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Research Report

The impacts and opportunities of oil palm in Southeast Asia: What do we know and what do we need to know?

Douglas Sheil
Anne Casson
Erik Meijaard
Meine van Noordwijk
Joanne Gaskell
Jacqui Sunderland-Groves
Karah Wertz
Markku Kanninen
Copyright Date: Jan. 1, 2009
Pages: 80
OPEN ACCESS
https://www.jstor.org/stable/resrep02194
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Table of Contents

  1. (pp. 1-2)

    Few developments generate as much controversy as the rapid expansion of oil palm into forest-rich developing countries such as Indonesia (Koh and Wilcove 2007; Stone 2007). Oil palm expansion can contribute to deforestation, peat degradation, biodiversity loss, forest fires and a range of social issues. But oil palm is also a major driver of economic growth and a source of alternative fuel.

    Since the early 1980s, the total area of land allocated to mature oil palm has more than tripled globally, reaching nearly 14 million hectares in 2007 (Figure 1). Most of this expansion has occurred in Indonesia, where the...

  2. (pp. 3-10)

    Elaeis guineensis is a tropical forest palm native to West and Central Africa. Grown in plantations it produces 3–8 times more oil from a given area than any other tropical or temperate oil crop. Oil (triacylglycerols) can be extracted from both the fruit and the seed, crude palm oil (CPO) from the outer mesocarp and palm-kernel oil from the endosperm (Figure 2). Most crude palm oil is used in foods. In contrast, most palm-kernel oil is used in various non-edible products, such as detergents, cosmetics, plastics, surfactants, herbicides, as well as a broad range of other industrial and agricultural...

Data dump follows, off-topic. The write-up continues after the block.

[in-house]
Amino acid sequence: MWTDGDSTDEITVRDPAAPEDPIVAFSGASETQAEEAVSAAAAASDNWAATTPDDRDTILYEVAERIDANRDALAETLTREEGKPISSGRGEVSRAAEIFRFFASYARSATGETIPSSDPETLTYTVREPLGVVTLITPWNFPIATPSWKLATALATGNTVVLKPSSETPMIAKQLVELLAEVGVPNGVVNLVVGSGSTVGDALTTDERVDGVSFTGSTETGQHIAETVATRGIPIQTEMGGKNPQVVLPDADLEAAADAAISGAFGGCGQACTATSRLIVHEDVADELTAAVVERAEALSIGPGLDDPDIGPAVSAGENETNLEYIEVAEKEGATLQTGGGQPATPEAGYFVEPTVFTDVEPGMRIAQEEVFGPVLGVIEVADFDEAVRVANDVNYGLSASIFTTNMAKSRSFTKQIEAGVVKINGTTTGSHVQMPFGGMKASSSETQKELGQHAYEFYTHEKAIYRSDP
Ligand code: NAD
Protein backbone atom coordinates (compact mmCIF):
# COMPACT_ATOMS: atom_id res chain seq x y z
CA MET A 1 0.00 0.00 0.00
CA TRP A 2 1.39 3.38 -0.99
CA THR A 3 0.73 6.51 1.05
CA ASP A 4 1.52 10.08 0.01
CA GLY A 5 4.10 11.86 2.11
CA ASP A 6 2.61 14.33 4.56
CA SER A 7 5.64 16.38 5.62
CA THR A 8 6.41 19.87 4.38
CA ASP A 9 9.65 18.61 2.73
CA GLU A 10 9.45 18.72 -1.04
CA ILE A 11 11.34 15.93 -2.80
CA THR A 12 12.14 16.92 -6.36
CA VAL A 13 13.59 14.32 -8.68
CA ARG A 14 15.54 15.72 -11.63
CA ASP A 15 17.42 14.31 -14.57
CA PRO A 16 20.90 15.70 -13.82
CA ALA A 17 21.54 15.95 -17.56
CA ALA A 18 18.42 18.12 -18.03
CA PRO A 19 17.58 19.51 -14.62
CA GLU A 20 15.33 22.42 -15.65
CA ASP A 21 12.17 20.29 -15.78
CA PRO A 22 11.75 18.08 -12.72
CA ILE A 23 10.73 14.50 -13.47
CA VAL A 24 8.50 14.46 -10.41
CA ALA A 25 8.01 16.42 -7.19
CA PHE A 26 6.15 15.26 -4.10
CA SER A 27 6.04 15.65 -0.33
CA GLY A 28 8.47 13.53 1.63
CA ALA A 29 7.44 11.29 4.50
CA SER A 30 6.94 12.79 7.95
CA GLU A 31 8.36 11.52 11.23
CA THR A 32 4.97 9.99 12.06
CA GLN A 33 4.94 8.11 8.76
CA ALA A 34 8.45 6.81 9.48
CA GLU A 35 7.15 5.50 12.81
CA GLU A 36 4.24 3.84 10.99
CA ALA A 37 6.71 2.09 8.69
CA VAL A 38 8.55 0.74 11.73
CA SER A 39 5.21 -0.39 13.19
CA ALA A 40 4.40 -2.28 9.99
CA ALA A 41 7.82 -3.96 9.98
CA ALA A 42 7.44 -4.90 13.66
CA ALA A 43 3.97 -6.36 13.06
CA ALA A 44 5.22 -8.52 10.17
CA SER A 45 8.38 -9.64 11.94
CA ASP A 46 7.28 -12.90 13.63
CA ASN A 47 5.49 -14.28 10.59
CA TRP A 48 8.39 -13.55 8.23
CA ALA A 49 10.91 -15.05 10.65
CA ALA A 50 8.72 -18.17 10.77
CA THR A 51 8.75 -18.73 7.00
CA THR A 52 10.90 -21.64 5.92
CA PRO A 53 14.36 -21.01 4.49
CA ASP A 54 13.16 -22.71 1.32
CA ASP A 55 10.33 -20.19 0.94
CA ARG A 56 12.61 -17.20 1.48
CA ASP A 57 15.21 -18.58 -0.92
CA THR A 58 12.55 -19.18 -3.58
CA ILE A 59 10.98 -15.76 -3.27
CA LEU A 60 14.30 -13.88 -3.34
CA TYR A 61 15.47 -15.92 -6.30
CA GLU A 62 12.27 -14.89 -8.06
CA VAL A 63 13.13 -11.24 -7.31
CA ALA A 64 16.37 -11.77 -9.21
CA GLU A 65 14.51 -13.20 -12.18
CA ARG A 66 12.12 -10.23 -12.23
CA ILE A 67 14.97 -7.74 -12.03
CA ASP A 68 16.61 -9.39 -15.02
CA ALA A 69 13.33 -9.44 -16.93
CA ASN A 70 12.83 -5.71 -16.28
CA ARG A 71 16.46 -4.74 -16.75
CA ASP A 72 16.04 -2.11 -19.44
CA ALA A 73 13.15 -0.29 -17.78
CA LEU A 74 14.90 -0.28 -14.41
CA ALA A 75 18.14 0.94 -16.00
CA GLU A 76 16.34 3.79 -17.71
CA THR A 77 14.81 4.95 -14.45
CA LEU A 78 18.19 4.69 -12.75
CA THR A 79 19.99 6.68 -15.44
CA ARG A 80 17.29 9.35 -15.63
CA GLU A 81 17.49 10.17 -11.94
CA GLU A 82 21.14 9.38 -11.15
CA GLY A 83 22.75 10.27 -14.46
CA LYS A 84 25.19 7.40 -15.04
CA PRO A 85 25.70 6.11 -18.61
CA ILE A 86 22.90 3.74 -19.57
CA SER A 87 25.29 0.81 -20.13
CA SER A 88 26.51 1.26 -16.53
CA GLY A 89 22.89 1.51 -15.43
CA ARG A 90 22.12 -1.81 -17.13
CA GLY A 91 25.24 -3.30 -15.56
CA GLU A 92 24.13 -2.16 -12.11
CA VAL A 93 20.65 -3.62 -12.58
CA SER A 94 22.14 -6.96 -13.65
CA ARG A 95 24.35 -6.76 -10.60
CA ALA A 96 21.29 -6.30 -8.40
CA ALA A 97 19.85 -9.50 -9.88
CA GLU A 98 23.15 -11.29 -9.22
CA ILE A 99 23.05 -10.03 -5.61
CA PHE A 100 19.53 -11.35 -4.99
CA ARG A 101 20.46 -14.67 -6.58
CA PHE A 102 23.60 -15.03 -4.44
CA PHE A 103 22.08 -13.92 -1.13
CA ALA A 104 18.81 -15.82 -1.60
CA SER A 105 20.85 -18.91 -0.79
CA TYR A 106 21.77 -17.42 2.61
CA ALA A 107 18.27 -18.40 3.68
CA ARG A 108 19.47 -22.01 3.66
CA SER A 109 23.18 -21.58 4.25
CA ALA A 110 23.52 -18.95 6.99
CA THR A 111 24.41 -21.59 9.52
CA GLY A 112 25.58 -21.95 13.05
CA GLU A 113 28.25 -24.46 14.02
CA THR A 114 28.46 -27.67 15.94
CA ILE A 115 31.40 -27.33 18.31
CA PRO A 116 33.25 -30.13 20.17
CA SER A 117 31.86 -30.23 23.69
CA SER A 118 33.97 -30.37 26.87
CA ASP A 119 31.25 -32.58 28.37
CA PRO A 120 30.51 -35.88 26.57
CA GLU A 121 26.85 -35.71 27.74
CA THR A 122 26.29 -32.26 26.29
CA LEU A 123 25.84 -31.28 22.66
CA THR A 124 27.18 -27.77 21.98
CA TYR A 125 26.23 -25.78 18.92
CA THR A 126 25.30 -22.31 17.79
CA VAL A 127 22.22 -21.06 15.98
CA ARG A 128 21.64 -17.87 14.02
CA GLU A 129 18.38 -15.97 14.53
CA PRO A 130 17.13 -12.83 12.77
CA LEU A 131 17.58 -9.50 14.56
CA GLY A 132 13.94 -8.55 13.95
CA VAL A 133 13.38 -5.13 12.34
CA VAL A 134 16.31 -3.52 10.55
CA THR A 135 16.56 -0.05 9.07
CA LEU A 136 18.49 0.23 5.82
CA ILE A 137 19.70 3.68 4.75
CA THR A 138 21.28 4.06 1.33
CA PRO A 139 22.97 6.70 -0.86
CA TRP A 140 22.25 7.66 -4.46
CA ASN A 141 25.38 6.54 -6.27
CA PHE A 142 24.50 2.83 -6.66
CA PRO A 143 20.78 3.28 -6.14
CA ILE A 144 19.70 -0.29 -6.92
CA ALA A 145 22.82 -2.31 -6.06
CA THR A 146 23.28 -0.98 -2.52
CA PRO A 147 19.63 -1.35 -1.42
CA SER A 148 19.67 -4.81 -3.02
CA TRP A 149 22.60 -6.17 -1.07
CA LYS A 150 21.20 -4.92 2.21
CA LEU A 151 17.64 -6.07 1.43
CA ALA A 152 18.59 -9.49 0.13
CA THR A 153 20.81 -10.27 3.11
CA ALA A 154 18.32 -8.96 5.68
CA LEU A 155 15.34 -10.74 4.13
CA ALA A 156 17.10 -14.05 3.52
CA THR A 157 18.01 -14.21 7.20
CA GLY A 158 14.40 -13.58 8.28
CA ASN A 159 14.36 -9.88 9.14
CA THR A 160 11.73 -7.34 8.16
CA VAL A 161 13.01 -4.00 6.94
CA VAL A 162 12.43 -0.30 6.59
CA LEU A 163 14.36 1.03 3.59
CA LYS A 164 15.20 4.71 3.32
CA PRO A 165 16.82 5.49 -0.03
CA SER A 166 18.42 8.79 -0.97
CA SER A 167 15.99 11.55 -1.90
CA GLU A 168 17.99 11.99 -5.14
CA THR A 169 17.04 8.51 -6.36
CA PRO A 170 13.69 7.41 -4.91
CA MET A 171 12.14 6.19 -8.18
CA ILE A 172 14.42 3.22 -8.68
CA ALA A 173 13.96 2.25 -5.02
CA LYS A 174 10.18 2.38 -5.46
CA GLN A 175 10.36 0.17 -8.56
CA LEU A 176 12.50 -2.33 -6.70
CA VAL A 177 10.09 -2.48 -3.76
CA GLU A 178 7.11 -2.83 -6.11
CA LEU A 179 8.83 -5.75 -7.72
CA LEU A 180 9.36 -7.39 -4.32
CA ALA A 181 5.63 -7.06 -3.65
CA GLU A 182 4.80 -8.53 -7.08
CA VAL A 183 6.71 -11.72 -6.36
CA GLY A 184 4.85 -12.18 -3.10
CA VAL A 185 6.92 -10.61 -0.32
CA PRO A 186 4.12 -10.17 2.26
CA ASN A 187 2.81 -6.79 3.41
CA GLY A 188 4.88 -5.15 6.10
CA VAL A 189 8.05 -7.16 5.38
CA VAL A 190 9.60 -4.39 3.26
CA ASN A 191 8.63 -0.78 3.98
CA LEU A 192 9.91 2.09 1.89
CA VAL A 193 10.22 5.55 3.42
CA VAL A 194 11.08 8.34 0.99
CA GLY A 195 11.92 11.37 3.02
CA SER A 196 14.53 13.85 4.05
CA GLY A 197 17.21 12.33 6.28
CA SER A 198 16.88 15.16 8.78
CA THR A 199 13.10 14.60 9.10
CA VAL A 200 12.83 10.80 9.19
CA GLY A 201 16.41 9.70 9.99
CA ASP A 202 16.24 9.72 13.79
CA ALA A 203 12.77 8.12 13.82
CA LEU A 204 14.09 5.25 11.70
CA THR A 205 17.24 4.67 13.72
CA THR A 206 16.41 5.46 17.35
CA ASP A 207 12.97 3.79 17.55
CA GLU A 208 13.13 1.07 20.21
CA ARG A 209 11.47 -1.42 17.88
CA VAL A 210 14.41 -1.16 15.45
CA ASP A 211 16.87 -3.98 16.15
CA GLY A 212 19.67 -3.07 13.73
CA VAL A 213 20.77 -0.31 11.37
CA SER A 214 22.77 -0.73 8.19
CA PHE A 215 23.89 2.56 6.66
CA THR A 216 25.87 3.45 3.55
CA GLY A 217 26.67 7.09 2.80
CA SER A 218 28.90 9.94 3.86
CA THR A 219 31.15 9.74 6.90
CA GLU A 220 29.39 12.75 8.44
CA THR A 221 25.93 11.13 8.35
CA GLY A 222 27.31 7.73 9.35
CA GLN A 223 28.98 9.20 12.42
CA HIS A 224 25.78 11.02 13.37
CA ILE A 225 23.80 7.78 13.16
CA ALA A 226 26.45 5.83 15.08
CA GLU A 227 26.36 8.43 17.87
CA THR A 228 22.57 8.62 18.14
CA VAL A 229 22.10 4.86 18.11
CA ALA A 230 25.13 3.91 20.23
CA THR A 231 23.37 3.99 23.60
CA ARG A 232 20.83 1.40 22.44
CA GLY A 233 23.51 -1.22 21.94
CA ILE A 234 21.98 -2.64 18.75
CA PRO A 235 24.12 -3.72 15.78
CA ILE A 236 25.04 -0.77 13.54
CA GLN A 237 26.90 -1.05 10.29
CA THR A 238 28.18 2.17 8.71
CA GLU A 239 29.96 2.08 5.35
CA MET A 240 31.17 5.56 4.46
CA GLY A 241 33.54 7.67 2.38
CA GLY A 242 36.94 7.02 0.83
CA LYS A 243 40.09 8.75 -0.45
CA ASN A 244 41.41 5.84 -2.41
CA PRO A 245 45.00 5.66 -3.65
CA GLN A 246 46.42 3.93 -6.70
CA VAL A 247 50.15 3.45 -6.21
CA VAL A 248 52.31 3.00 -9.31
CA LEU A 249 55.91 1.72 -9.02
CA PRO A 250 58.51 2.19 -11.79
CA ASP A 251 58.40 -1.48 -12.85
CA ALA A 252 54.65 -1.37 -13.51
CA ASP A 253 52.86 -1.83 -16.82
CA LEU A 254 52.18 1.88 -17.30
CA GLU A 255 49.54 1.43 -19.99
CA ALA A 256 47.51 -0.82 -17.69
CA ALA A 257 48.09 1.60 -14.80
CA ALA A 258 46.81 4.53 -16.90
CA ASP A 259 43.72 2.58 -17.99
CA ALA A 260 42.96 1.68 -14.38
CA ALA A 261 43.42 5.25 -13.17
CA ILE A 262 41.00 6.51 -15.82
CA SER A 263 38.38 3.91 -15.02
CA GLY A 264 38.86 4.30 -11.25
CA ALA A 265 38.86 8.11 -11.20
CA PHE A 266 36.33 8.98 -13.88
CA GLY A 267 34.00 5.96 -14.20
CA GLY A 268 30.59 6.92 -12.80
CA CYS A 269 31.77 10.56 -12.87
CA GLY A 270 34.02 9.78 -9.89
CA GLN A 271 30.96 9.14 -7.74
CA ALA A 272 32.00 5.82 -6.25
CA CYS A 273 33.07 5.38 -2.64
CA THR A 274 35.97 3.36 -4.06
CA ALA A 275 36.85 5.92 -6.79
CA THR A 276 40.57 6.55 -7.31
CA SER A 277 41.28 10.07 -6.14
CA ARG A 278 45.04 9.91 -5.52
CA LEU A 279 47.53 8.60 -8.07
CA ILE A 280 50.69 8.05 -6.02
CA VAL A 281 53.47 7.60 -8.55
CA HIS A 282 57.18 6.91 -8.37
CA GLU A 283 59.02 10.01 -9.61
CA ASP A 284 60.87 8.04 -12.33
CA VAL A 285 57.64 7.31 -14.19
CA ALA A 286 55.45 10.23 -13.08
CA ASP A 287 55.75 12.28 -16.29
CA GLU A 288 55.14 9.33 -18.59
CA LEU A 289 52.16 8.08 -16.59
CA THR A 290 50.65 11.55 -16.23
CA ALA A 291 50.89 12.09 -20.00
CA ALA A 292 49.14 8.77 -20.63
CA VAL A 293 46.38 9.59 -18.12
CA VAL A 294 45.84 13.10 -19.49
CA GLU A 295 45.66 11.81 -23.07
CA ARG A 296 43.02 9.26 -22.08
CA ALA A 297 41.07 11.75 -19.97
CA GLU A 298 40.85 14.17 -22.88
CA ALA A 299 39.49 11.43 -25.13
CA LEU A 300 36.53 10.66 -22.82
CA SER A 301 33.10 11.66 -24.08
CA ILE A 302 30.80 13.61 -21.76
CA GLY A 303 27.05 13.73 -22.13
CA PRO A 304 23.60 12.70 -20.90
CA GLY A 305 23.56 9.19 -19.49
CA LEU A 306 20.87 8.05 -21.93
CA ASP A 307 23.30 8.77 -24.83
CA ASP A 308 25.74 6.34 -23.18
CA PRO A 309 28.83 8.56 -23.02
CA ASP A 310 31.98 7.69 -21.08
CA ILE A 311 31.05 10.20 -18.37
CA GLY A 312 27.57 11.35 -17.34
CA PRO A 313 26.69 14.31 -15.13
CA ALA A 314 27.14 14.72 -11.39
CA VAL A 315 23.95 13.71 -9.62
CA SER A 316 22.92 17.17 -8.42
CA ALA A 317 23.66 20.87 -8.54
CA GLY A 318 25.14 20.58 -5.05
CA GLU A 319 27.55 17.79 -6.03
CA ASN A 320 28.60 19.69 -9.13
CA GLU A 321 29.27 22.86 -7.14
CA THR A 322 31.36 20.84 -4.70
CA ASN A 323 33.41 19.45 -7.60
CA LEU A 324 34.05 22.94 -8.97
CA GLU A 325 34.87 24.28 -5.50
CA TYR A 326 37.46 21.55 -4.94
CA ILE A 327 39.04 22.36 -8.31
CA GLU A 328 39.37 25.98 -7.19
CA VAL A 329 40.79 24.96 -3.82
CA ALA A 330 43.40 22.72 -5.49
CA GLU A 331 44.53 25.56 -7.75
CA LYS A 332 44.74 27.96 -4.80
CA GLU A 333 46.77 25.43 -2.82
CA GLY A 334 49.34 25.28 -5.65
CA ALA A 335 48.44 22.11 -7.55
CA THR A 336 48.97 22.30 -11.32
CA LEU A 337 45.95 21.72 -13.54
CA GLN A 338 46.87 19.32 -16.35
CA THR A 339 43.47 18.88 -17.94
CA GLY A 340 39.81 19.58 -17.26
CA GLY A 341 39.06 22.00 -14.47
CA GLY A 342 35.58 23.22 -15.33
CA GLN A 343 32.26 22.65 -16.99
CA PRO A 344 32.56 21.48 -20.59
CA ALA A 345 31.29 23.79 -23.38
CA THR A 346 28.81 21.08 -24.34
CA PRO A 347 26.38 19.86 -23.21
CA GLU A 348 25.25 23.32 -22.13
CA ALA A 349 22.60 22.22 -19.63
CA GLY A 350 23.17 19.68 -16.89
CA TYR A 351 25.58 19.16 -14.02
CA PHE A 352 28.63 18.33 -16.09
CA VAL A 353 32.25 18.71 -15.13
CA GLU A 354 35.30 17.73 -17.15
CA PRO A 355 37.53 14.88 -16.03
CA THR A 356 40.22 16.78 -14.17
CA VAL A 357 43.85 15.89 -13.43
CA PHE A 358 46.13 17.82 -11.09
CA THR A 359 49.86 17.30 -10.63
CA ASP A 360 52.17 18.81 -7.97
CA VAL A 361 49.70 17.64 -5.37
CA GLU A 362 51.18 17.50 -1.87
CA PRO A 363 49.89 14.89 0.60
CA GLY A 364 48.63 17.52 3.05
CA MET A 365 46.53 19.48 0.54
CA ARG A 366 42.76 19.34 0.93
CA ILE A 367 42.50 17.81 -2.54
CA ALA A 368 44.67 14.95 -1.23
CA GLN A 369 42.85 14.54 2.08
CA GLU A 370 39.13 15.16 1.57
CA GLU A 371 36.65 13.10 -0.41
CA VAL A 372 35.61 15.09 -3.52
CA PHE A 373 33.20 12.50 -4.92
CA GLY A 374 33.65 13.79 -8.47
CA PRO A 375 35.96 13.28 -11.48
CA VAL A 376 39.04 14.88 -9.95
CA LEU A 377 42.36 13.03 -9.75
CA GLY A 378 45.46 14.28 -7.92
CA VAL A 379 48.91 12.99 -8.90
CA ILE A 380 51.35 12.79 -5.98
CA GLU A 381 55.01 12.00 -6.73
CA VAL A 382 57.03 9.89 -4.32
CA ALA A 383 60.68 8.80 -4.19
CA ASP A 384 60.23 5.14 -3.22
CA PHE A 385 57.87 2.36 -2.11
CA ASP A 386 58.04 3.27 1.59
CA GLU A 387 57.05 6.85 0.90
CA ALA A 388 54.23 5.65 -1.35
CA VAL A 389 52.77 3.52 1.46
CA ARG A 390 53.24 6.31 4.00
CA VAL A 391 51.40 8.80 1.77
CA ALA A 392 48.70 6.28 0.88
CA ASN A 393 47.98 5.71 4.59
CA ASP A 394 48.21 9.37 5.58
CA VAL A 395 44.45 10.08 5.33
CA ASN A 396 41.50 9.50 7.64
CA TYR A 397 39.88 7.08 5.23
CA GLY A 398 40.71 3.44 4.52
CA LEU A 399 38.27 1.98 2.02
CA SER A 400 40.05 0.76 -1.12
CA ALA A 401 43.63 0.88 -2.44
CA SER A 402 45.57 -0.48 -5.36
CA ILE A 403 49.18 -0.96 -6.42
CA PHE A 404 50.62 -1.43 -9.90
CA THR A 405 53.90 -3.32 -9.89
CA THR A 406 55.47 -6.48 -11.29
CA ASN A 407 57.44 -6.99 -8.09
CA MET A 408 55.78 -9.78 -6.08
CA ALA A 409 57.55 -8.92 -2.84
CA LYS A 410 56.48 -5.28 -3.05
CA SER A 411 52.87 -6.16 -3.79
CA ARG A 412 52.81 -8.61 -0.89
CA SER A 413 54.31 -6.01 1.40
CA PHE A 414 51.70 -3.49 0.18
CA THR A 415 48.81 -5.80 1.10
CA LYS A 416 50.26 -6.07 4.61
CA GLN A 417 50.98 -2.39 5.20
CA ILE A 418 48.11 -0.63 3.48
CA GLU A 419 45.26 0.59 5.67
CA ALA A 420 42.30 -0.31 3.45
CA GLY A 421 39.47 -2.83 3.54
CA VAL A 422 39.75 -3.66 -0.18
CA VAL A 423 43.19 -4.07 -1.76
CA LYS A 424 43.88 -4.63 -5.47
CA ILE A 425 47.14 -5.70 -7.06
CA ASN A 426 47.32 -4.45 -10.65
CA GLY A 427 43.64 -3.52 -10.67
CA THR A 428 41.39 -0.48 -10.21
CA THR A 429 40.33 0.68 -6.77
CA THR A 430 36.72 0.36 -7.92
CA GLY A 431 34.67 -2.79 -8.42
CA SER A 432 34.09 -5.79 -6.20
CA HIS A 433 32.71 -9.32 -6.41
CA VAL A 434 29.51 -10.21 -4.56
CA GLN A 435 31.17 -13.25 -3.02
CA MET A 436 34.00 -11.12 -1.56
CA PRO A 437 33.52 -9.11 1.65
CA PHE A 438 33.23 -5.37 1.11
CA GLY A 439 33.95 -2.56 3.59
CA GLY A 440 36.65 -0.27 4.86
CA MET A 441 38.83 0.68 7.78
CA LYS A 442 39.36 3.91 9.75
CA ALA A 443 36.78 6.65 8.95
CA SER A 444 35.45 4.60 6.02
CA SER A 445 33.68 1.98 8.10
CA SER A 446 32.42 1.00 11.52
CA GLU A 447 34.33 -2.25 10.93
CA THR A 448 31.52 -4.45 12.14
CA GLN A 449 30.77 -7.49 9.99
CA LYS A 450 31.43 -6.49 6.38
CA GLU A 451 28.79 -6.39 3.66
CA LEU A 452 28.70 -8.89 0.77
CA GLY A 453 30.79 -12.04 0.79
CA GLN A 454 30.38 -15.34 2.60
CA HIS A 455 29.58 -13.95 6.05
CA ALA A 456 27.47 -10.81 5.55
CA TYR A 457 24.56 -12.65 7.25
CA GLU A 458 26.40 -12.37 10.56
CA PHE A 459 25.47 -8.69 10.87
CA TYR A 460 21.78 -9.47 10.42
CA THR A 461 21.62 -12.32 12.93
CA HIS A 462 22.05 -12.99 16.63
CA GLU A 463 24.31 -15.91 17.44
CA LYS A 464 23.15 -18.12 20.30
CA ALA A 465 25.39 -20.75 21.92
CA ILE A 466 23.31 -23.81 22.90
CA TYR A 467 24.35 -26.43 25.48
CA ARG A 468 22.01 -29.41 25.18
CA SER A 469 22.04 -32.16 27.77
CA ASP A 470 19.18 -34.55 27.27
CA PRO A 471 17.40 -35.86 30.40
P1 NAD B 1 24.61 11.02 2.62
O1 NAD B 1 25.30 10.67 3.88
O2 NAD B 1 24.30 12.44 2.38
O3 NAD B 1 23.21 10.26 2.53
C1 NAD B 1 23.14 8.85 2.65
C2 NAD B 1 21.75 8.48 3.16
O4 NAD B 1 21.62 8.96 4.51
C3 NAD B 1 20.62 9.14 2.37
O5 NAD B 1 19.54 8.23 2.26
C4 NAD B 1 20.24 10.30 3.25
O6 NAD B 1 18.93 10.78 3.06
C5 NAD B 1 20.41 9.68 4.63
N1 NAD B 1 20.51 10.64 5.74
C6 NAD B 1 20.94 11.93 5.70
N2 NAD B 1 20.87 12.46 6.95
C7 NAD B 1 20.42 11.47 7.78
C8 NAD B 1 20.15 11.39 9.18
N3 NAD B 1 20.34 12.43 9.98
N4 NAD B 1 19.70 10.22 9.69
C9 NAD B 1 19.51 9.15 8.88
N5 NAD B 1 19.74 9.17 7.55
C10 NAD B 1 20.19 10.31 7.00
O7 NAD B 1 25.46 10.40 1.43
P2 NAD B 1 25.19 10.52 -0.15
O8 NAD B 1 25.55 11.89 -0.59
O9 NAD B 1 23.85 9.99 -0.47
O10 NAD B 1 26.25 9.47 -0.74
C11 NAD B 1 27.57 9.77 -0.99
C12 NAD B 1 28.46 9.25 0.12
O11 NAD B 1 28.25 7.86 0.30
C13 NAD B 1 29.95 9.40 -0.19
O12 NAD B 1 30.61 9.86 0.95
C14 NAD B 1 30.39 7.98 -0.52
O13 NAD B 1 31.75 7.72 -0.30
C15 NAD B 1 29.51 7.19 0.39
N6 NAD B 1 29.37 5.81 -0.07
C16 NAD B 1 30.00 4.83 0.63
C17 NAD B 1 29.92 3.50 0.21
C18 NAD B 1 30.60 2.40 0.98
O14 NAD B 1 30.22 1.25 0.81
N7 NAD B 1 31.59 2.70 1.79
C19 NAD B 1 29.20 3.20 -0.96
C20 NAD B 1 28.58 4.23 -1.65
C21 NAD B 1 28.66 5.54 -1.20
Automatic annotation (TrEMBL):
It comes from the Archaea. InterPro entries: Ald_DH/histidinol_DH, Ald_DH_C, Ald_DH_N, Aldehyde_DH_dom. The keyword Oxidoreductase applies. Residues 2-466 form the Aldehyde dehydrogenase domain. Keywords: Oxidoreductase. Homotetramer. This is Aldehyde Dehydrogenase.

3. (pp. 11-20)

    Once harvested, fruit deteriorates rapidly and must be processed within 48 hours, so access to a mill is a major factor in determining where palms can be commercially established (Vermeulen and Goad 2006). The development of small-scale or even portable mills would allow communities and companies to plant and process oil palm fruit in remote areas. At present, large mills processing at least 30 tonnes of fruit per hour are more profitable and require less energy per unit of oil produced than the current generation of small mills (Jekayinfa and Bamgboye 2007). Thus, small mills are not considered viable and...

  4. (pp. 21-24)

    An evaluation of FAO (2005) land cover data suggests that between 1990 and 2005, some 55–59 per cent18 of oil palm expansion in Malaysia (that is 834 000–1 109 000 ha of a total of 1 874 000 ha), and over 56 per cent of that in Indonesia (1 313 000–1 707 000 ha of a total of 3 017 000 ha) occurred at the expense of natural forest cover19 (Koh and Wilcove 2008a).20

    Palm oil producers in Malaysia state categorically that primary forest is no longer converted into plantations—expansion only occurs on land already used...

  5. (pp. 25-30)

    Tropical deforestation contributes around a quarter of anthropogenically released greenhouse gases (FAO 2005). Environmental changes, whether for timber extraction or plantations, the destruction of forests by fire and the degradation of peatlands, mean that Indonesia is the fourth largest contributor to the overall greenhouse gases causing global warming in the world (World Resources Institute 2009).

    To offer benefits, alternatives to fossil fuels need to:

    have more environmental benefits than the fuel they replace

    be economically competitive